John Thie’s original vision for Touch for Health involved having people on every street helping their families, friends and neighbours achieve health and balance in a gentle and holistic way. This is the legacy we find ourselves entrusted with nearly 50 years later. Great strides have been made – you can now attend a TFH class almost anywhere in the world, but TFH on every street? We are a long ways from that still!
If we want this dream to be a reality, we need to create more instructors who can go forth and share what they know with more people. This is the reason why I began the process to become a Touch for Health Trainer (someone who teaches new teachers) a few years ago. Last week I completed my first Touch for Health Instructor Training Workshop as a solo affair (I had done co-teaches before, but this was a little different). It was a nerve-wracking, joyful-laughing, tear-shedding affair, and I wanted to share a few of the thoughts from that week with you here.
First of all, please understand that if you are considering becoming a TFH Instructor or Practitioner, it is one of the best things you can do for yourself and your family. You won’t ever regret it. The ITW is more than just a TFH class though. Yes, you will review and practice the muscles and techniques over and over until you feel like you could do them in your sleep (and this is literal because you will be dreaming muscle testing through this class!), but more than that, it is a class about becoming a good teacher. Developing effective communication and presentation skills, the ability to wrangle a classroom of challenging personalities, navigating ethical issues and ultimately, to empower those new to muscle testing to help as many people as possible in turn.
This particular class was a little more complicated for me because two of my students were my 15-year-old twins. As you can probably imagine, having your kids in a class as intense as this one was… interesting. In an attempt to ensure that I didn’t show any favouritism in giving feedback or grading assessments I think I may have been unnecessarily harsh more than once. They had the advantage of being able to ask me questions after hours, but the flip side of that is that I also knew when they didn’t really put the preparation needed into an assignment. At the end of the week however, the opportunity to present them each with their certificates was one of the proudest moments of my life thus far. As far as I am aware, they would be the first 4th generation TFH Instructors out there. That’s a cool chain to be a part of!
We had some family challenges over the week, including my youngest son being sick and up at night, my older son being sick but dragging himself to class anyways, me throwing a weird allergic reaction that caused the right side my face to swell up painfully for a few days and the birth of our first baby goats on our little farm. It was distracting to say the least. Here’s the thing though, I don’t know that I have ever taught or attended a class where there was some strange extenuating circumstance. Learning to roll with it is part of the process. I am hoping that my students take away from this the idea that the show must go on, even if you’re up bottle-feeding a runt goat baby every two hours through the night!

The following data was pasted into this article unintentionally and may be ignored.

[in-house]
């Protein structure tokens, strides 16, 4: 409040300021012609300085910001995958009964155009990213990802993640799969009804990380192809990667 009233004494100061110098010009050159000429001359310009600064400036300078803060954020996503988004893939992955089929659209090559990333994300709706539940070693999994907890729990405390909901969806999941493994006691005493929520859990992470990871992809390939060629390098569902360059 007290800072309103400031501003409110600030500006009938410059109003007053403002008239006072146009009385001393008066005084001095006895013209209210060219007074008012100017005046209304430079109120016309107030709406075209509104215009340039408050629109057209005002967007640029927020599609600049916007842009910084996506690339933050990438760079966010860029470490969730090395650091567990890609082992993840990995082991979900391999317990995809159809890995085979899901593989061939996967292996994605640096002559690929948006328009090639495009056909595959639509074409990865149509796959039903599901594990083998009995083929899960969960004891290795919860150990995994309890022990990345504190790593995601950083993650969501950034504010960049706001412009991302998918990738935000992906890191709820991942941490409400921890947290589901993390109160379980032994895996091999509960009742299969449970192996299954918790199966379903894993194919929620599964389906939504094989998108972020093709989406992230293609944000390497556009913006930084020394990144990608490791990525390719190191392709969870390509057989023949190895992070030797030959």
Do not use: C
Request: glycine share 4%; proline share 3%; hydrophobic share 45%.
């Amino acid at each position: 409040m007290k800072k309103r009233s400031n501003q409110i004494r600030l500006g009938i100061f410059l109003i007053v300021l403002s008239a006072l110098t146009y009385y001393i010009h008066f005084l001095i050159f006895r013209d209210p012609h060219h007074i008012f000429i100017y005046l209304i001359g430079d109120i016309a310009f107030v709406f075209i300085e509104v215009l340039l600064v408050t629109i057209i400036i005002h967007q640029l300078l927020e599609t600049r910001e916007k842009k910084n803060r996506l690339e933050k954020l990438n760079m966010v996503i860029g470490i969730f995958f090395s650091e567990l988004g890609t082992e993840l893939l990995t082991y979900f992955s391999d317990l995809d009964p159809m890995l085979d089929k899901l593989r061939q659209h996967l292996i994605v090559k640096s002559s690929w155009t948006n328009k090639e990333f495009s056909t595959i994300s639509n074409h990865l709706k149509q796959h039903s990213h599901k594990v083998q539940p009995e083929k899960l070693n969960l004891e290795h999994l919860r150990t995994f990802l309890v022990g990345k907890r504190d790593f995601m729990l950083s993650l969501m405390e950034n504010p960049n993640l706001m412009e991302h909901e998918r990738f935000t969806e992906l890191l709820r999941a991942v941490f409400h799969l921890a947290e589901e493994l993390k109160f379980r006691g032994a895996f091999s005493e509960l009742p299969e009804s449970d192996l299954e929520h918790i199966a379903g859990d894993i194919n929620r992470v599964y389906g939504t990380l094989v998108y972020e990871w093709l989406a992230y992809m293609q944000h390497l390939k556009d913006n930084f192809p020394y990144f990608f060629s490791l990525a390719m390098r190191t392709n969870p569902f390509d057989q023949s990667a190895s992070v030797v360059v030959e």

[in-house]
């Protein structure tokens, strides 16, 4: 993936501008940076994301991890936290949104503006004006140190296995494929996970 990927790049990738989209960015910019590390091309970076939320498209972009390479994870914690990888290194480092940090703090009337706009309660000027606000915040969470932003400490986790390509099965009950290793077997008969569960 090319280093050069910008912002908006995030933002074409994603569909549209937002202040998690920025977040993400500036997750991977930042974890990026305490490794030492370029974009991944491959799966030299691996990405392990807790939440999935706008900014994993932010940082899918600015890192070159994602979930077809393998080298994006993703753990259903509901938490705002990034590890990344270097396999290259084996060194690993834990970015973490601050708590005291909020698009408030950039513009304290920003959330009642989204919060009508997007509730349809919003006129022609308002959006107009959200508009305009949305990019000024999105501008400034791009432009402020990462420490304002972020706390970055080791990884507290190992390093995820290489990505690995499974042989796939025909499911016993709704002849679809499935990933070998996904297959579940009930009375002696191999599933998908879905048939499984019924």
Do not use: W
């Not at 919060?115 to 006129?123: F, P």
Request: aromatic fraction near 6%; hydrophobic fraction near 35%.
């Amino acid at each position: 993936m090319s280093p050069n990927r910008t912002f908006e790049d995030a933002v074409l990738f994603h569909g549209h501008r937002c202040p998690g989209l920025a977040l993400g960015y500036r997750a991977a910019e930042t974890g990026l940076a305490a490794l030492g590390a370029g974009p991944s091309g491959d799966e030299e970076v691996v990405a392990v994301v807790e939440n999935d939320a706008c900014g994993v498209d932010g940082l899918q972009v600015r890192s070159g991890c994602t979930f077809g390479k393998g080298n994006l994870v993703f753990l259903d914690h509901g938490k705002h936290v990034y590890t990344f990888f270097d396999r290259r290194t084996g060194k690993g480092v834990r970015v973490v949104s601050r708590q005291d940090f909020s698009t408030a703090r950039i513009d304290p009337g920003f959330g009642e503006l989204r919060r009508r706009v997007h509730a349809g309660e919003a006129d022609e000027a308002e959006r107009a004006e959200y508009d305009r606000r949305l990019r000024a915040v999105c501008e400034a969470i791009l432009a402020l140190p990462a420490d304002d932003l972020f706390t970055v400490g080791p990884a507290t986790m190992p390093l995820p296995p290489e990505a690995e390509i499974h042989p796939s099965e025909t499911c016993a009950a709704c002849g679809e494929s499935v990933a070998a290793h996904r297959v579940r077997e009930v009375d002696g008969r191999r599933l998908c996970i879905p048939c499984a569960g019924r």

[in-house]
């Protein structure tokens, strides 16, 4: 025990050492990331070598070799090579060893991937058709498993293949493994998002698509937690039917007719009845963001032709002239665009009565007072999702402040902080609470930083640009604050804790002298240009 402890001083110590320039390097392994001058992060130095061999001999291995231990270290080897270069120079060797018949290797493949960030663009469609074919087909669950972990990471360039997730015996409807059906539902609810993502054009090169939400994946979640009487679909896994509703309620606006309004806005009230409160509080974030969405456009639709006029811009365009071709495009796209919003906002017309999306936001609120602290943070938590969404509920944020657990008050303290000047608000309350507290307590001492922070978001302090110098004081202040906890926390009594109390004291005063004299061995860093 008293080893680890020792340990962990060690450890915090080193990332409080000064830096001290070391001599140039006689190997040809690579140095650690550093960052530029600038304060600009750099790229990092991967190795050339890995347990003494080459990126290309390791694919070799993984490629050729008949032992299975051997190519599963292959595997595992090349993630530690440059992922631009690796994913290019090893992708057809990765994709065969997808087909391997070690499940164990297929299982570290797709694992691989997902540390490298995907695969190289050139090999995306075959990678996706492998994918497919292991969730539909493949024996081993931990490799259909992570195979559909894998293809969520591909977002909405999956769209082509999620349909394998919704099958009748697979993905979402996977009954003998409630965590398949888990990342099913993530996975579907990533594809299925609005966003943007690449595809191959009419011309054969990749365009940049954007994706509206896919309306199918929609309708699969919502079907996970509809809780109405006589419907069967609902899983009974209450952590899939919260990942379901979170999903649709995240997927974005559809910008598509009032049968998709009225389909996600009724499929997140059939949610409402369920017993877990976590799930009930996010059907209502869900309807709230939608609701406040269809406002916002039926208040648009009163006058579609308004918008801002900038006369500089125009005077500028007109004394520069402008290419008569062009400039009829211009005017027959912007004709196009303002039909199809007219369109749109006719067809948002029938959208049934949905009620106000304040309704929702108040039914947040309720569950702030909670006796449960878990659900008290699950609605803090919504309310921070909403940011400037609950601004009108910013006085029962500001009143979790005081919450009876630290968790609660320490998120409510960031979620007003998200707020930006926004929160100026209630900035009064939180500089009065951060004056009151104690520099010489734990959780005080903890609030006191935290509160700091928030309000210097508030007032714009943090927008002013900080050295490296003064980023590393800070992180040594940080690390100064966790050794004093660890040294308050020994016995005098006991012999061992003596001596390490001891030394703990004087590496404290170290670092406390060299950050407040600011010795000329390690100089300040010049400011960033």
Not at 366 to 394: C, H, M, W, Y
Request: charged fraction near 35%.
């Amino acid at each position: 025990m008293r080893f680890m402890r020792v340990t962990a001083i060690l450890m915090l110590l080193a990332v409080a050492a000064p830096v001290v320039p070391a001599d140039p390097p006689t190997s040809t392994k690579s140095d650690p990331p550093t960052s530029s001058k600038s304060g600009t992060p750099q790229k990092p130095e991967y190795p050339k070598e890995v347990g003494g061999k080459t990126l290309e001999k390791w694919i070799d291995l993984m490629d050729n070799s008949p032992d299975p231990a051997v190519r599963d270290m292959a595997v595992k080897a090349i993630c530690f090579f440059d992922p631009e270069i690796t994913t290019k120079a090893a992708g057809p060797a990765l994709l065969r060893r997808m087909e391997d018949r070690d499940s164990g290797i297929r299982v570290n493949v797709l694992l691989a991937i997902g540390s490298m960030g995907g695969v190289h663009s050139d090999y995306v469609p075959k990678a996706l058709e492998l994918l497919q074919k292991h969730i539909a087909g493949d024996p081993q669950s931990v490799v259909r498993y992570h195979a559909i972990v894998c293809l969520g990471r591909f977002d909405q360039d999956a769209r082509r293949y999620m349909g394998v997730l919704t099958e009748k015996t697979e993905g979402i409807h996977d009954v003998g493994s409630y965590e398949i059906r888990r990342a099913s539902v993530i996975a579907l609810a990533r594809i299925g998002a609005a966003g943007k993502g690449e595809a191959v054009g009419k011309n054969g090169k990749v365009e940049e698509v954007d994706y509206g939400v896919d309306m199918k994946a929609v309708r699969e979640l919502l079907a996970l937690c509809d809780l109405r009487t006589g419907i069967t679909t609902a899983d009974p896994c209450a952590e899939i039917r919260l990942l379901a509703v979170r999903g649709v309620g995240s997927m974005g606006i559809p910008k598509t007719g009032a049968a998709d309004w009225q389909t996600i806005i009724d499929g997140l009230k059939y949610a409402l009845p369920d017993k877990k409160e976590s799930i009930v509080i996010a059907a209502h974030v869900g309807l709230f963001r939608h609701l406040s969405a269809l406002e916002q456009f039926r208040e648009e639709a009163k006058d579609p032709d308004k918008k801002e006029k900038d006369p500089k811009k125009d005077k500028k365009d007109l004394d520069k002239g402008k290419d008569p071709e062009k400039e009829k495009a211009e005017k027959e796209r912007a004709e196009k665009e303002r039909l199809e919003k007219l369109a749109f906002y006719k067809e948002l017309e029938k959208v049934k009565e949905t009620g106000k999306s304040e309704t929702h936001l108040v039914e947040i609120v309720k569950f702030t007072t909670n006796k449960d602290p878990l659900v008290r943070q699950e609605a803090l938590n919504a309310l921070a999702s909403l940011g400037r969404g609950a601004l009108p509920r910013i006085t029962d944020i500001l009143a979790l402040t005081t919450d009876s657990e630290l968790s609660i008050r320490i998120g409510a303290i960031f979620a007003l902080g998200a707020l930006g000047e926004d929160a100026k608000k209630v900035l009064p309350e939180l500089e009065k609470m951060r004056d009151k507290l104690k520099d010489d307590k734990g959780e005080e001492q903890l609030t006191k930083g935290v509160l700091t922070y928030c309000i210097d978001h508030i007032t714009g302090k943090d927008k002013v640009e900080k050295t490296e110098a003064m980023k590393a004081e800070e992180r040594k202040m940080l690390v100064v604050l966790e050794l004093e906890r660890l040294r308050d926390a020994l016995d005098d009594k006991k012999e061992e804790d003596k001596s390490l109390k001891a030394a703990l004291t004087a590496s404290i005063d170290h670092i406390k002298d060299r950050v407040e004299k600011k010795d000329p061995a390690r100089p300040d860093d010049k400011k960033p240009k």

One day, one of my students pointed out something in the manual that I swear I have never seen before, even though I have taught the class dozens of times. Another explained a way of exercising and clearing the lymphatic system that I had never seen before, but now can integrate into my work. Now both have taught me something new which will hopefully make me a better instructor in the future.
Which brings me back to the idea of the TFH legacy and vision. When I first embarked in this journey of becoming a Trainer, I think I was a little naïve. I remember having dinner with another Specialized Kinesiology friend who has been doing this work for a long time and who I greatly admire. I told her I was going through this process and her response was: “Why on earth would you do that to yourself?” I laughed so hard I just about spit wine at her from across the table. It’s true, there are some hoops that new Trainers have to go through and (mostly) I understand why they are there and why it is important to make sure there is a certain standard and consistency in training. I hope that the new Instructors who have trusted me with their training understand this too; understand that when I am picking on their exact starting placement for a muscle test, or where they should be spindling to sedate, or some other little thing that doesn’t seem to matter very much, it is not because I want to discourage you or because I am a perfectionist, but because those who learn from you deserve the best and most precise information possible. So they have an opportunity to fall in love with this system the way you did.